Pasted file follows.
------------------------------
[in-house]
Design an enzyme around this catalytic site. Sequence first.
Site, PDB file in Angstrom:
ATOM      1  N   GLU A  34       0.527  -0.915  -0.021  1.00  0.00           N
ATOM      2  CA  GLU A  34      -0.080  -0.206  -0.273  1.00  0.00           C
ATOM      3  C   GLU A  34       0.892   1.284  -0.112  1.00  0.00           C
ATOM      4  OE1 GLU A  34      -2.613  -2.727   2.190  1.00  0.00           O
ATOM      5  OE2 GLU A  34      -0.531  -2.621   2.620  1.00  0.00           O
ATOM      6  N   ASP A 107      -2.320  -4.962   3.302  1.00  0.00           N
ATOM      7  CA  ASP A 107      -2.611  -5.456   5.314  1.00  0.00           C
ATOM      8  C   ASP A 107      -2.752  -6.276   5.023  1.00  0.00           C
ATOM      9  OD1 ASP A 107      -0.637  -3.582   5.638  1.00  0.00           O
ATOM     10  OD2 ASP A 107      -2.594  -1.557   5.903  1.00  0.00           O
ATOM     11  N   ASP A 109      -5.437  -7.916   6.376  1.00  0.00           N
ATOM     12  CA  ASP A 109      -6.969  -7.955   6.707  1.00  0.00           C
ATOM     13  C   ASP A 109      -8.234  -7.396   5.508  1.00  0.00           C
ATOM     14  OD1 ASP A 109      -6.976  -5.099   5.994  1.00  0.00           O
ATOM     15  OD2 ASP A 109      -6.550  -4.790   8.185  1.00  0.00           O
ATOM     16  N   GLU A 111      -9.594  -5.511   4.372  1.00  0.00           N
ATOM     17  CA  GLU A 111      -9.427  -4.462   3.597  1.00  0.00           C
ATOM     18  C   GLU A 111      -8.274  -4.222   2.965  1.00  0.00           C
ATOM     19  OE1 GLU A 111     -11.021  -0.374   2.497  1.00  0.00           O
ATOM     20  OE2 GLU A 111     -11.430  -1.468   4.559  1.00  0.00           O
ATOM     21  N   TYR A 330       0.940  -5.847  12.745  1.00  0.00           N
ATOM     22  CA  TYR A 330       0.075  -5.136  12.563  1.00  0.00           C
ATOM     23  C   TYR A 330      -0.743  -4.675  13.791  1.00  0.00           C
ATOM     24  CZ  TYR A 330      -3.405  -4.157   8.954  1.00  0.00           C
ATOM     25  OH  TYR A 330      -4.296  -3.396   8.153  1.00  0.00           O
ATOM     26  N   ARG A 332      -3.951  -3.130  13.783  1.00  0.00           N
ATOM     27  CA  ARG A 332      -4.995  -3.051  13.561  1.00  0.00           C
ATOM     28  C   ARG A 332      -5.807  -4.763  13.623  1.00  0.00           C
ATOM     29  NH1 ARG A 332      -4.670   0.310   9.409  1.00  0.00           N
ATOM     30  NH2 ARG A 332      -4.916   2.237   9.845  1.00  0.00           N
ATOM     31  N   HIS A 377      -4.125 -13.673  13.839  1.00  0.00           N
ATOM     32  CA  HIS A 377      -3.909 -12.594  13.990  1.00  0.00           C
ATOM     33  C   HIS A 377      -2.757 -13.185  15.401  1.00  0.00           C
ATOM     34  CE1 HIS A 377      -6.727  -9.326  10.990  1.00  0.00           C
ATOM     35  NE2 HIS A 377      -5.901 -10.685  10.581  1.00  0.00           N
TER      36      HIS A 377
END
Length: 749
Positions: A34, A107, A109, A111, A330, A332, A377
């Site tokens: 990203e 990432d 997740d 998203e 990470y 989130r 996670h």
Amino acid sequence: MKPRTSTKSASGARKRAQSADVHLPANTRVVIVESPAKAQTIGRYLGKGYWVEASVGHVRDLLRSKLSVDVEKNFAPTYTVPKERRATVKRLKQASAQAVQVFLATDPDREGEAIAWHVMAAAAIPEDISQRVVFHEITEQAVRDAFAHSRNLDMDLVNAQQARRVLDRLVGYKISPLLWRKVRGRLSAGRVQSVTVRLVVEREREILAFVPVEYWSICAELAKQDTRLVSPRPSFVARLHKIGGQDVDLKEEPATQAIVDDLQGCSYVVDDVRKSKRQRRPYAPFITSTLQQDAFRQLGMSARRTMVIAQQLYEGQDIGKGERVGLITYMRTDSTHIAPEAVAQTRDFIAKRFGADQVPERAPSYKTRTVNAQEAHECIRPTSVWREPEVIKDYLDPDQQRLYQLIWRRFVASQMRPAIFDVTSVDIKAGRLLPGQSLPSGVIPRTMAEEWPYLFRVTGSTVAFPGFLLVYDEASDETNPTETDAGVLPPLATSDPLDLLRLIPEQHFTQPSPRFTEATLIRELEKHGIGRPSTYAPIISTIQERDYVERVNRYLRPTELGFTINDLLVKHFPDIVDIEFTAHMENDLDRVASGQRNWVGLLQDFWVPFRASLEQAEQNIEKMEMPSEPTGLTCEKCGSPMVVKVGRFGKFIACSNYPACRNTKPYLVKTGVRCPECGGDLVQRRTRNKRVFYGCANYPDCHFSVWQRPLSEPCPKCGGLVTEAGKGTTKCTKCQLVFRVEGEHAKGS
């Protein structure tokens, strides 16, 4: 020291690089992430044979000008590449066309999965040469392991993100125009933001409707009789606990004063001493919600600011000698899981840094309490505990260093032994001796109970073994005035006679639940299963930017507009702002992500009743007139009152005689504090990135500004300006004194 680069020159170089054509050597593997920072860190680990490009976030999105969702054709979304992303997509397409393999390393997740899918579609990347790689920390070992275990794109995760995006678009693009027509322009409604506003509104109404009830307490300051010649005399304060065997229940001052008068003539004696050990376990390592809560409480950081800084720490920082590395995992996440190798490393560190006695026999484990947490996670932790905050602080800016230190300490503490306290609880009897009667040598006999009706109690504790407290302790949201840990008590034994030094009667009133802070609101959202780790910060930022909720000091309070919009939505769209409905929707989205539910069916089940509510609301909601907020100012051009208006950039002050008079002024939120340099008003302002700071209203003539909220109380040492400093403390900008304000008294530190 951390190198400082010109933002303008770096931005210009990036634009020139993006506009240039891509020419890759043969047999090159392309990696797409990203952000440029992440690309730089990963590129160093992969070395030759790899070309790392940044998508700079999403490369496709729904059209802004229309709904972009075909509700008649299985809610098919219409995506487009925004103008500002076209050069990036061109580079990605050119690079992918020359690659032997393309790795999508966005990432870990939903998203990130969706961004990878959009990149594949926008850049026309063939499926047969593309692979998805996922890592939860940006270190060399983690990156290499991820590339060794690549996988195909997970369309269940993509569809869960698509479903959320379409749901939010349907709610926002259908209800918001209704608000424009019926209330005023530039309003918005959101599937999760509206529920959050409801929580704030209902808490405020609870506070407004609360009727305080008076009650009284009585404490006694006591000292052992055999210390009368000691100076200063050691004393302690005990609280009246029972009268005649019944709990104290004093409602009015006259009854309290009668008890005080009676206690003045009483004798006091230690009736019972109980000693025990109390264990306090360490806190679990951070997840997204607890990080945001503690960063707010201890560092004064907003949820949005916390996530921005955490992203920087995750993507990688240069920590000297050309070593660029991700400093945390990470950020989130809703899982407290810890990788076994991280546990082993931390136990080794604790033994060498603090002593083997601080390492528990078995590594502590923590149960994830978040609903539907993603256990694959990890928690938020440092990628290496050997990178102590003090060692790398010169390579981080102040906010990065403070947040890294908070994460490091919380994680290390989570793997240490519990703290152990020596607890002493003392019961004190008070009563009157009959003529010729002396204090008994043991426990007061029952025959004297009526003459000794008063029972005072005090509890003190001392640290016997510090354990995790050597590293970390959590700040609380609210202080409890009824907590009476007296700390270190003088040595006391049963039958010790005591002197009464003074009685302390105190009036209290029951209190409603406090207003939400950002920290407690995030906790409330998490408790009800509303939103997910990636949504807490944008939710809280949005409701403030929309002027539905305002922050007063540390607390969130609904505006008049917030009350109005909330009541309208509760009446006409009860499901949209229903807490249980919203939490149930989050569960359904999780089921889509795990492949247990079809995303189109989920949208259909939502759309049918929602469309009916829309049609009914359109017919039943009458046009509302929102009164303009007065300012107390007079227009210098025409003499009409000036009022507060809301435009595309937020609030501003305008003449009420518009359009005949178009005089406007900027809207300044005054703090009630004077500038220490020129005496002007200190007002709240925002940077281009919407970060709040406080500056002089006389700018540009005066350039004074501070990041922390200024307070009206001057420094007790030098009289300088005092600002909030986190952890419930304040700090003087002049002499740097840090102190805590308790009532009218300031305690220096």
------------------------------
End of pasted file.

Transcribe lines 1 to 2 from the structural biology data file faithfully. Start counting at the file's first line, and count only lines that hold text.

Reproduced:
[in-house]
Design an enzyme around this catalytic site. Sequence first.